Director: Bill Jersey, Jason Cohn
Writer: Jason Cohn
Starring: Lucia Eames, Eames Dametrios, Paul Schrader
Producers: Bill Jersey, Jason Cohn
Running Time: 83 min
BBFC Certificate: TBC
The name Eames is synonymous with post war optimism, design and consumerism, and their influence is still felt in homes and offices today, in terms of both style and philosophy. I am writing this from an ‘Eames style lounge chair’. The ethos of fun purported to be prevalent in the offices of global giants Google and Facebook is not dissimilar to that enjoyed in the Eames’ office 50 years earlier.
The latest documentary from experienced director Bill Jersey, Eames: The Architect and the Painter looks at how Charlie and Ray Eames came to be the most successful design partnership in America. It all started when Charles Eames entered and won a competition to design a chair. Despite winning, the design of the chair proved impossible to produce en masse, a lesson which was to inform the Eames’ design philosophy from then on. He moved west to California with his second wife Ray, where their desire to ‘make the best for the most for the least’ led to the design classic of the Eames chair. This enabled them to open offices and attract the best young designers around, and they successfully branched out from furniture. Their oeuvre encompassed such diverse pursuits as architecture, exhibitions and film making for some of the biggest clients around.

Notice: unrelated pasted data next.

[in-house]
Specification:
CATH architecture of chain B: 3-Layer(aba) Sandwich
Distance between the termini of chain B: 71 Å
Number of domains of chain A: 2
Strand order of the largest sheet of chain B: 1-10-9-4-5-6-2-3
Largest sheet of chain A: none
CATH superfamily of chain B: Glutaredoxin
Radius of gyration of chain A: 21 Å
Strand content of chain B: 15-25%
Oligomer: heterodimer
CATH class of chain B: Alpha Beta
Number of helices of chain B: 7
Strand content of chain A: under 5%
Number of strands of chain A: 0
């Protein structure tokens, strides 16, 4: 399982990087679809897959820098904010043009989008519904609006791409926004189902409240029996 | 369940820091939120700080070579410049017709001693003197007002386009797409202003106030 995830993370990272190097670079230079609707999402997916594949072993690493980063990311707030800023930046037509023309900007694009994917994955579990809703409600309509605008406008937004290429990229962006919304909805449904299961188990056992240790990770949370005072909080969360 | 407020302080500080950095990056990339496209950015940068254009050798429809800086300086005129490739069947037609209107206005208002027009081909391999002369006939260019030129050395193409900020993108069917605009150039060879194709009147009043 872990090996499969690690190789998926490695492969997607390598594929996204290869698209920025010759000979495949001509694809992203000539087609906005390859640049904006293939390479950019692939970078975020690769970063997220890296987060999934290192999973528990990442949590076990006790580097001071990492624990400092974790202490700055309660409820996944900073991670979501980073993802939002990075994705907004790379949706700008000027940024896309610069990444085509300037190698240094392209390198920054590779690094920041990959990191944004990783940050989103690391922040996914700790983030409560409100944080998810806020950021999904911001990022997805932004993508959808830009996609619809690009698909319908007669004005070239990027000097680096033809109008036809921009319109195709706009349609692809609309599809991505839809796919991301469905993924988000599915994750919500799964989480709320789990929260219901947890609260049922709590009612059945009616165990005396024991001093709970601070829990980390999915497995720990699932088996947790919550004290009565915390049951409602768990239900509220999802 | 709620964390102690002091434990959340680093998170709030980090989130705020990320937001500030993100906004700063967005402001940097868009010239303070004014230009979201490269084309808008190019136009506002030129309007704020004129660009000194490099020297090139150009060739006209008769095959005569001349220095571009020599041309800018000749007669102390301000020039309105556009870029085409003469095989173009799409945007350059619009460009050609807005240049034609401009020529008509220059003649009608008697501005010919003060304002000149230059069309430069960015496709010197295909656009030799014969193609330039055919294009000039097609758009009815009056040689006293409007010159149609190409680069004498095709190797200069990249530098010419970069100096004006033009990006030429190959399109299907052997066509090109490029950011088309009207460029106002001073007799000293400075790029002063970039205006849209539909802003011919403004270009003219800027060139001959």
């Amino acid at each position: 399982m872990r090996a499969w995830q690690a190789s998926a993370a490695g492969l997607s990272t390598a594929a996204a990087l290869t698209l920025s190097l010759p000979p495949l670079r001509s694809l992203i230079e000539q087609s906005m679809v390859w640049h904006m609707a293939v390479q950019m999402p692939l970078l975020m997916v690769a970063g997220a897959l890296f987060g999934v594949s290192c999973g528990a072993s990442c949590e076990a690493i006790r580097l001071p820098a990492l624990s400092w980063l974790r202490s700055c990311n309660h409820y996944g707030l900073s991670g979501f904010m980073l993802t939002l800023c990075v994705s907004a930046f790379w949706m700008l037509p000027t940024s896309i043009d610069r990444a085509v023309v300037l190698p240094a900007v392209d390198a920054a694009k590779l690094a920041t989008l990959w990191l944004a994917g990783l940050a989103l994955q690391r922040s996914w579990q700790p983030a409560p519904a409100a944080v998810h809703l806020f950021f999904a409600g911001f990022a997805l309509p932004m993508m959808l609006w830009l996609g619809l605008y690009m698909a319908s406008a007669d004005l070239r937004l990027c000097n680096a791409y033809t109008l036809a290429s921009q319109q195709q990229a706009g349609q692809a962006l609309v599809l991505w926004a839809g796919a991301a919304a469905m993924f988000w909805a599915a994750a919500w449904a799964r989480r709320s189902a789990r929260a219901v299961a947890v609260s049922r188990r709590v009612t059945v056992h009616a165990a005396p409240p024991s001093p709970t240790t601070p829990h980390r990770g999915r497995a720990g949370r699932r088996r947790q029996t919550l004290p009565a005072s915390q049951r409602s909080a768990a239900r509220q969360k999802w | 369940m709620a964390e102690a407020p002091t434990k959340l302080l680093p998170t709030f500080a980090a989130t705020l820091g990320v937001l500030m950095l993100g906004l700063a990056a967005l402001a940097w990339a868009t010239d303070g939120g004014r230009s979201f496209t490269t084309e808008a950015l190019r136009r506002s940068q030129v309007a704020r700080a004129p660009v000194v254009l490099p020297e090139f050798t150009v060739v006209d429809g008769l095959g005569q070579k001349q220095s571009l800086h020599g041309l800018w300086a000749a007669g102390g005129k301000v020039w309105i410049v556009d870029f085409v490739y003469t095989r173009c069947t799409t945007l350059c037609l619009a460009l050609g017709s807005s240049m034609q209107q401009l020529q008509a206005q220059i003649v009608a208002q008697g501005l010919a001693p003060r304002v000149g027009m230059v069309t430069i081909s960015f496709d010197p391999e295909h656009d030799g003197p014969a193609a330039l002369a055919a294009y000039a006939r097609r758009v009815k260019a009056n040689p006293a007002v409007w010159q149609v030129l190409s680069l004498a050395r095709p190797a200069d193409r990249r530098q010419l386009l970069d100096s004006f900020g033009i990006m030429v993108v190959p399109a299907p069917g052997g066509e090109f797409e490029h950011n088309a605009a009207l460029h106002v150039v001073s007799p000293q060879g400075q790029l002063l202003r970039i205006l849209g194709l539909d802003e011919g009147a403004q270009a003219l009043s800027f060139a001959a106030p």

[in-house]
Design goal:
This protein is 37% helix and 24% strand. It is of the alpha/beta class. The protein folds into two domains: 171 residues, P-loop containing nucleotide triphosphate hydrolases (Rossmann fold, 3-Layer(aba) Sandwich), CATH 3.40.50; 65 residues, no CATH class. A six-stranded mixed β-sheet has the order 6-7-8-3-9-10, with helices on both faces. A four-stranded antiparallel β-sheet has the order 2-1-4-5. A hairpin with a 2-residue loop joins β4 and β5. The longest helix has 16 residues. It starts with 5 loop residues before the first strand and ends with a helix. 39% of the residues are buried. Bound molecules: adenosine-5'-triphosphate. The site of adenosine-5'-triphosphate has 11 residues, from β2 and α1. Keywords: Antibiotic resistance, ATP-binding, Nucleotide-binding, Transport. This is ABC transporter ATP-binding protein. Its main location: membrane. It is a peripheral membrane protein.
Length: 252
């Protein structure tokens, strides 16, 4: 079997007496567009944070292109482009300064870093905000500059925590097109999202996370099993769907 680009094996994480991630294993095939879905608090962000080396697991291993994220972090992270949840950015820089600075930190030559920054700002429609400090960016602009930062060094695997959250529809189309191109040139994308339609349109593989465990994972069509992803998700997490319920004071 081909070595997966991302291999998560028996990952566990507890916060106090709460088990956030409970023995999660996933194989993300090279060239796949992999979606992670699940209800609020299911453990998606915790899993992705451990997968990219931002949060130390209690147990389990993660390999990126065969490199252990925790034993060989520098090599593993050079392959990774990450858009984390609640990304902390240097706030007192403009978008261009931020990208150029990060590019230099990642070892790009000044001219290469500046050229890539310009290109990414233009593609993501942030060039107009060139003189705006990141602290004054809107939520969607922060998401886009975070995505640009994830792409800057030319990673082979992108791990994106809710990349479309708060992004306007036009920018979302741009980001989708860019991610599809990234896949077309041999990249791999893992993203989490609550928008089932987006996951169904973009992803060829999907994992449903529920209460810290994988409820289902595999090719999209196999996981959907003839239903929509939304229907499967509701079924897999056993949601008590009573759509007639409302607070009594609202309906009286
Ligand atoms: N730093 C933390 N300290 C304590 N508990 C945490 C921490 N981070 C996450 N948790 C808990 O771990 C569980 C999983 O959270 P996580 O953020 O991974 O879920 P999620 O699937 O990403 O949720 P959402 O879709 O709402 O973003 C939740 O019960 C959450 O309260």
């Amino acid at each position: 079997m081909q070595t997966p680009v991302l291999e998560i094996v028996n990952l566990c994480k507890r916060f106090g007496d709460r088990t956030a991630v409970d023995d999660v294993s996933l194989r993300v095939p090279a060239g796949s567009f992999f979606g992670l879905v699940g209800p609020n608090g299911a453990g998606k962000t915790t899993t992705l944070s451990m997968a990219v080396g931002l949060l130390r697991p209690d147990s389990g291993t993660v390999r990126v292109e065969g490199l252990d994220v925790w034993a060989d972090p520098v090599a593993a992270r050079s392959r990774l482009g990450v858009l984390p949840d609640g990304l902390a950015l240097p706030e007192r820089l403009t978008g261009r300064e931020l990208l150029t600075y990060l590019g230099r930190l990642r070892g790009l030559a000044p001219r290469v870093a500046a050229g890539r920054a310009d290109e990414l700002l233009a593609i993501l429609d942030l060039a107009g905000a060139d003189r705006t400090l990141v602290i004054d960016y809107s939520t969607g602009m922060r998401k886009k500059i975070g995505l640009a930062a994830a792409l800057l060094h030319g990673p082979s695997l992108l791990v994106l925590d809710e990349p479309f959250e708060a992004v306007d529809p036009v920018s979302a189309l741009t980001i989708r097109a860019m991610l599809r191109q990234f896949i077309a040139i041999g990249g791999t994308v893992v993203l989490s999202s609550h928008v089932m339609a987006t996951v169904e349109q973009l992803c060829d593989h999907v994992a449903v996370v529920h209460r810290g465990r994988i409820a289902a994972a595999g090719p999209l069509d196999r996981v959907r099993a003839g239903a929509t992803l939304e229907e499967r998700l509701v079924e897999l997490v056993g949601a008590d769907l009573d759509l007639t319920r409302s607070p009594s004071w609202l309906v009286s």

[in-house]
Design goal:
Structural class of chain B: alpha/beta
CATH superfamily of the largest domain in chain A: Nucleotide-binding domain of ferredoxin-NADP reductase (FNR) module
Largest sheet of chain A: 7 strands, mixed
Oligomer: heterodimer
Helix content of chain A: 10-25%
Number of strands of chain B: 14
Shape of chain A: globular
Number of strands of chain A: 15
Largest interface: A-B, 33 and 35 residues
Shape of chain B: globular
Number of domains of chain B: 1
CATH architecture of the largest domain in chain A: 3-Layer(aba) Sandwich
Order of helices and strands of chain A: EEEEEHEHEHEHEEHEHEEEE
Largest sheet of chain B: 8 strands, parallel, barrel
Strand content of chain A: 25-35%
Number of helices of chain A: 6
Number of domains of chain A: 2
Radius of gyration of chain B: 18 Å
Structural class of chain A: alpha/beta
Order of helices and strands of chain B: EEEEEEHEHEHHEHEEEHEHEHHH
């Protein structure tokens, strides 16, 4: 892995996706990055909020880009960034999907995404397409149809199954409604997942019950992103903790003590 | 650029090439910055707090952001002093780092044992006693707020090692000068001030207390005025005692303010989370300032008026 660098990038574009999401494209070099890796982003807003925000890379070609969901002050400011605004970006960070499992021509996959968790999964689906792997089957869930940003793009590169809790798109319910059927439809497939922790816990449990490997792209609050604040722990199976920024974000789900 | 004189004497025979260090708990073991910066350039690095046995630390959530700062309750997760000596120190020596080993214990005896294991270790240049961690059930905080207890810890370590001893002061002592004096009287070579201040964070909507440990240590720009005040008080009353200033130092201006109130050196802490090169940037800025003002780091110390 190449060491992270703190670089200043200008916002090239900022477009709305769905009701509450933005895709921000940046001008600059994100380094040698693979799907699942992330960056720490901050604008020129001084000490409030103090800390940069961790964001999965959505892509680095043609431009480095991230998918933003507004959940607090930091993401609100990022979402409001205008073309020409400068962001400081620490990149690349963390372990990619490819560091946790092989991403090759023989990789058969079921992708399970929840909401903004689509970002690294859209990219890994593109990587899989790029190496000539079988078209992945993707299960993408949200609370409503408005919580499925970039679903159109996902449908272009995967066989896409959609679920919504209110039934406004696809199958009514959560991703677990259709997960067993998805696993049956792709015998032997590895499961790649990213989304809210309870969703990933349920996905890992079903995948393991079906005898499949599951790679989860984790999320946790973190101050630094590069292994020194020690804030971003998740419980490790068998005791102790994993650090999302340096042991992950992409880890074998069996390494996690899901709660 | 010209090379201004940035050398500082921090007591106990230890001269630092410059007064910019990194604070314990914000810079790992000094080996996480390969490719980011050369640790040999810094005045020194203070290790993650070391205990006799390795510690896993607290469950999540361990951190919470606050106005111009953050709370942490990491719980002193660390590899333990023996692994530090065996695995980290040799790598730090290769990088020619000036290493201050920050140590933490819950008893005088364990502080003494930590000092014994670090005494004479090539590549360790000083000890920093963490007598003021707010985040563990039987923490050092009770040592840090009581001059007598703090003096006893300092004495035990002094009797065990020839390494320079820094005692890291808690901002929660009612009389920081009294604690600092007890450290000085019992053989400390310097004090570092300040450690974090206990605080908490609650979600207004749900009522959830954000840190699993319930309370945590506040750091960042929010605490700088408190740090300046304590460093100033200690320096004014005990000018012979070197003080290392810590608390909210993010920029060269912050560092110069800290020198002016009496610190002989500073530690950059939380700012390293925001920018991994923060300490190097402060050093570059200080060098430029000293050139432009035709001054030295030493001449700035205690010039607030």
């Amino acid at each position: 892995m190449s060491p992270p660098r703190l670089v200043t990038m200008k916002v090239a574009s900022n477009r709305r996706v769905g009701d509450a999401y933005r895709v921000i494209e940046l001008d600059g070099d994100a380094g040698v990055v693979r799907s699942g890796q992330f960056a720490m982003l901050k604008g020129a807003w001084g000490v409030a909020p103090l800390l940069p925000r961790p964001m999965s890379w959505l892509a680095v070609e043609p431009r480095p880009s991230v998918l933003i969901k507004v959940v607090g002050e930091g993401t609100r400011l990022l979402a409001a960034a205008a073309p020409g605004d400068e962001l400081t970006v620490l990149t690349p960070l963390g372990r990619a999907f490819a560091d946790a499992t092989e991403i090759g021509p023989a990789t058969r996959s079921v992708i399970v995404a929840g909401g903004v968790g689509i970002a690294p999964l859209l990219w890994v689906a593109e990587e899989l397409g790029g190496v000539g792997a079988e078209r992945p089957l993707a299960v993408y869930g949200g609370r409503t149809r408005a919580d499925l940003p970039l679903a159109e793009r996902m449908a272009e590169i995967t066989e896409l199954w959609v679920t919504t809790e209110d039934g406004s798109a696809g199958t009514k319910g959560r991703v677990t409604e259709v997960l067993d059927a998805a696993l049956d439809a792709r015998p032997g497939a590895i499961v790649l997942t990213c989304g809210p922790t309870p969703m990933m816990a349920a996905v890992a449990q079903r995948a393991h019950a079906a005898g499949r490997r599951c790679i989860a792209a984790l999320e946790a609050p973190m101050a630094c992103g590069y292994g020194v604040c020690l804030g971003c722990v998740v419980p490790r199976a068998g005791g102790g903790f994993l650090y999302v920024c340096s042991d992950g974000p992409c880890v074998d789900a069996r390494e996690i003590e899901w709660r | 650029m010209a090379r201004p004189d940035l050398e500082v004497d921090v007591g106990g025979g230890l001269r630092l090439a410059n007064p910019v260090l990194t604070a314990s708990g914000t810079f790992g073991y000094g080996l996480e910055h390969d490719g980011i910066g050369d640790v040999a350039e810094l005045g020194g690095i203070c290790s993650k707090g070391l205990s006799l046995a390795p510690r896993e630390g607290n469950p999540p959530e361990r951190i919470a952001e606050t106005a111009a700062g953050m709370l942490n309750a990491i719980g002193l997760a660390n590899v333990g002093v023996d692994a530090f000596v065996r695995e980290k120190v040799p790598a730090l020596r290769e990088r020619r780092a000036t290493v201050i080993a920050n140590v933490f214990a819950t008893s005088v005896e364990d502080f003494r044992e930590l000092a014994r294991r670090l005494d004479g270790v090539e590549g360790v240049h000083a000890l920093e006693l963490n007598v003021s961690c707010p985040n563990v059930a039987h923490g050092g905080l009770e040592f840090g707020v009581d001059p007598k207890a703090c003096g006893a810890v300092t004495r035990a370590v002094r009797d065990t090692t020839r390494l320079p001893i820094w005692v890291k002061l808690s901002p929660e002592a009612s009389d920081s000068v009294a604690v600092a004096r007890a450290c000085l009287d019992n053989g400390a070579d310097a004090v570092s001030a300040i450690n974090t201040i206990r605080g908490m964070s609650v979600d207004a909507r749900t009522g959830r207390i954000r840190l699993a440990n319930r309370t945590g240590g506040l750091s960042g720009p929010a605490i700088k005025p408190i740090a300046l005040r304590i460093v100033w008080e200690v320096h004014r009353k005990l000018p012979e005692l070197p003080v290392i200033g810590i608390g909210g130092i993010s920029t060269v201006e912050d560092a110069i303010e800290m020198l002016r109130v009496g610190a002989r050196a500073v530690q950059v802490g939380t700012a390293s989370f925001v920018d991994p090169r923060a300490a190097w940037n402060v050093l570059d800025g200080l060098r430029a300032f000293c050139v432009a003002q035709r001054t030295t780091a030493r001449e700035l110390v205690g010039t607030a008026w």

The documentary continues the contemporary proclivity to have Hollywood stars record voice-overs, but the choice of James Franco doesn’t distract and moreover it is used relatively sparingly, serving only to expand and elucidate on the talking head interviews. The interviewees consist of former Eames’ employees and contemporaries, design critics and even the writer and film maker Paul Schrader. It is shot and edited quite tradionally (save for a couple of flourishes), and the intent is clearly to inform. That’s not to say that it is not entertaining, engaging and at times humorous (a notable anecdote of a Ray Eames’ dessert served at a dinner party is both unexpected and laugh out loud funny).
It could be argued that this is the kind of documentary that is more suited to television (indeed it was made for US TV and will no doubt end up on more4 or similar in the UK), but it is more entertaining than many feature films released theatrically and whistles by in under 90 minutes. It is definitely worth catching at the cinema whether you are an Eames aficionado, ambivalent about their work, or know nothing at all about them.
Review by Damien Beedham